My parents have always been great examples of having Jesus and the Church in our lives. In high school my youth minister and other adults in the parish showed me how to pray in a deeper way, and provided me with opportunities to encounter Christ. It was in college, through the help of my friends, that I began to understand the Catholic faith and know Jesus Christ in a more personal relationship.

What were some of the spiritual events or activities that helped you develop and shape your personal relationship with Christ and his Church?

Adoration and encountering other Catholics. Sitting and kneeling in front of the Blessed Sacrament helped me to have a personal relationship with Christ and continued to help me draw close to him because it allowed me to know God as a loving God who died for me, a person who loves me. Also, having Catholic friends and talking with other Catholics who have a relationship with Christ helps me when I am struggling because I am able to see and hear about Christ working in their lives.

What signs led you to believe that God was calling you to be a priest?

After graduating from Franciscan University of Steubenville I had two jobs -- middle school teacher and youth minister...I enjoyed both jobs because of the friendships I made and the kids that I worked with.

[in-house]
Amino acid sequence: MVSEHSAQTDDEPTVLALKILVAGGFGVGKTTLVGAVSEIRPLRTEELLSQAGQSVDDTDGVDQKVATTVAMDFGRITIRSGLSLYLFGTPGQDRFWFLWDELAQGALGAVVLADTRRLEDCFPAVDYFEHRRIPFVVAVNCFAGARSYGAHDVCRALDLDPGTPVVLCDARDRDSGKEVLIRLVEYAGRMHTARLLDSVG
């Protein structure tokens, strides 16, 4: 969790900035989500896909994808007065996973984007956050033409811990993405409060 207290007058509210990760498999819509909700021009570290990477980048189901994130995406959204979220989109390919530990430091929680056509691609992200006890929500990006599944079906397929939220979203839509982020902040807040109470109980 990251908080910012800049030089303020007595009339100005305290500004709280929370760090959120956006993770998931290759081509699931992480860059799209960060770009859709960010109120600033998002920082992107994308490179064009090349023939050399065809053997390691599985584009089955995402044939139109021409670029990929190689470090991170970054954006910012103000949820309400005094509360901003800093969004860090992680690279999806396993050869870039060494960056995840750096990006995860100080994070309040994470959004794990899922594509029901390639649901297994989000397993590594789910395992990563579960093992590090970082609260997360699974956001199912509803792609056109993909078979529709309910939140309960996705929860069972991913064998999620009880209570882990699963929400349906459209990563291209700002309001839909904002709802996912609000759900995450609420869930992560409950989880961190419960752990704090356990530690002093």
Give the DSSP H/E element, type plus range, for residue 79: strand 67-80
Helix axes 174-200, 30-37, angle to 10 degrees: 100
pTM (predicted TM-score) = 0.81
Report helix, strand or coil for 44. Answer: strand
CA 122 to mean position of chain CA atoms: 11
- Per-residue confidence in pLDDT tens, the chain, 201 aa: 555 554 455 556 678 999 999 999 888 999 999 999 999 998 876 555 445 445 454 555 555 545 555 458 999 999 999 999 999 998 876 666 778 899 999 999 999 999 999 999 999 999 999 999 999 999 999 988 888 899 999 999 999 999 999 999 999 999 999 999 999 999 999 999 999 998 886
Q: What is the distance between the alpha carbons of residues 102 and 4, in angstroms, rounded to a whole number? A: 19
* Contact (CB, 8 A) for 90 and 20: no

Please describe the importance of prayer in your life.

Prayer is central to not only my vocation, but all my life. While prayer is always a battle and I have to work at it everyday, prayer puts me in touch with the Father who loves me; calms me when I am anxious or angry; directs me when I am confused; consoles me when I am feeling alone; and, unites me with all of my brothers and sisters in Christ.

What are some of your favorite and most important spiritual readings/books/passages?

Besides the Bible (a must read!), I enjoy reading about the saints -- especially the Doctors of Church. I find it fascinating to read about the faith of the saints and how they lived out their realtionship with Christ. It is also very encouraging to read how these amazing men and women of God struggled in their faith in many of the same ways I do, and to learn what helped them grow in love, faith, and trust in the Lord.

How does the priest best follow in the footsteps of the Apostles?

The priest best follows in the footsteps of the apostles by knowing Jesus Christ and having a relationship with him. This is what the apostles first did for three years, and it is what enabled them to go out and teach about Christ after his ressurection. Priests act like apostles when they build their relationship with Christ, so that they can share it with their parish and community.

The Pilot, in cooperation with the Office of Vocations, is publishing a series of brief profiles of the men preparing for the priesthood in the Archdiocese of Boston. For other profiles or if you think God may be calling you to a vocation to the priesthood or religious life, visit the Vocations Office Web site at www.VocationsBoston.org.

Help us expand our reach! Please share this article

Submit a Letter to the Editor